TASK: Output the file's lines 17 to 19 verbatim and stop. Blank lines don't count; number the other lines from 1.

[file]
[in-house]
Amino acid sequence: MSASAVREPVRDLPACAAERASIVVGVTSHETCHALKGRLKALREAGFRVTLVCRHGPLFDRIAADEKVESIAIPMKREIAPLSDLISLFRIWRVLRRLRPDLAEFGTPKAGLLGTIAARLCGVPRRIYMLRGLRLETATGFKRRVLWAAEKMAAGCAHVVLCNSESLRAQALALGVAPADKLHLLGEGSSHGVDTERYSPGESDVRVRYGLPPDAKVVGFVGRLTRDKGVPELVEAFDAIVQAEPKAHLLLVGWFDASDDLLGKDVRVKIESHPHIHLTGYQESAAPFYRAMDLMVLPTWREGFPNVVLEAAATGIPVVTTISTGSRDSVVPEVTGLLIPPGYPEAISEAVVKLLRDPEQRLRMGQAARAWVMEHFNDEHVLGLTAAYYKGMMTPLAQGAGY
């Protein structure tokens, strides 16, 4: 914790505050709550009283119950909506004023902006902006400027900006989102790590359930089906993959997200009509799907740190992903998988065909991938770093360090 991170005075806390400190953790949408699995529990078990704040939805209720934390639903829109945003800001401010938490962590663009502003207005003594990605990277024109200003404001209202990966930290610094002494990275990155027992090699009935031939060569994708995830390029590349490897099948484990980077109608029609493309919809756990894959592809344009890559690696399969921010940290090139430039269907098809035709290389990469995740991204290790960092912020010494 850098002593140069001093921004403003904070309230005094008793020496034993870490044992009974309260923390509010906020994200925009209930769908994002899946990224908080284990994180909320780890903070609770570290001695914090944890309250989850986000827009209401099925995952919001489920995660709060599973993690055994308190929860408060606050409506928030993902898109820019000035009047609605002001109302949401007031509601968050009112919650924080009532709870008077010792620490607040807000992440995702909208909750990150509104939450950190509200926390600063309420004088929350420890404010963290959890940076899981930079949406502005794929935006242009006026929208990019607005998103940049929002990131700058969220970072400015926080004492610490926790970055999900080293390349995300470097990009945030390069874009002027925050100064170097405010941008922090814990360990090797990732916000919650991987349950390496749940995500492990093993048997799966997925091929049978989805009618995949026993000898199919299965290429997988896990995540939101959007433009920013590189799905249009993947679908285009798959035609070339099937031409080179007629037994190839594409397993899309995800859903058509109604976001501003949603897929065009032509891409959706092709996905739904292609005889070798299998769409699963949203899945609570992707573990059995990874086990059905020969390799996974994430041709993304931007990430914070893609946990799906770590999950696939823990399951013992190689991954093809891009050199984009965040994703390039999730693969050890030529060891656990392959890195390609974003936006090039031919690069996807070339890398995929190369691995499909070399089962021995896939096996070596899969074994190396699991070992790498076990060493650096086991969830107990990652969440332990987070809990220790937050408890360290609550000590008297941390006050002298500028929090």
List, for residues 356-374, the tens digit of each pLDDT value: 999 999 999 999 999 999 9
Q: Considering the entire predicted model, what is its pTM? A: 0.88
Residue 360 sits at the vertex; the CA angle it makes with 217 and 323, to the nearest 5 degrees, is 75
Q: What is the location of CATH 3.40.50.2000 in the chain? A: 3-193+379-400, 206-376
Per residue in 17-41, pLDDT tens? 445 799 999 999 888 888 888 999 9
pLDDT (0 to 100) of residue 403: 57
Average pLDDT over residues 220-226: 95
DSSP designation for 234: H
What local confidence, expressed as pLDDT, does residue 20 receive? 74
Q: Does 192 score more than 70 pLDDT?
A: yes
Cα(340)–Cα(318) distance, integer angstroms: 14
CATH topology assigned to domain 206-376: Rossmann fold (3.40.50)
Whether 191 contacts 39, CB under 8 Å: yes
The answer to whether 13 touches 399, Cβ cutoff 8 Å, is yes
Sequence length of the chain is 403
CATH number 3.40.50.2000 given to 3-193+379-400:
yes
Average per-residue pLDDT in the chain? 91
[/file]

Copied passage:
Whether 191 contacts 39, CB under 8 Å: yes
The answer to whether 13 touches 399, Cβ cutoff 8 Å, is yes
Sequence length of the chain is 403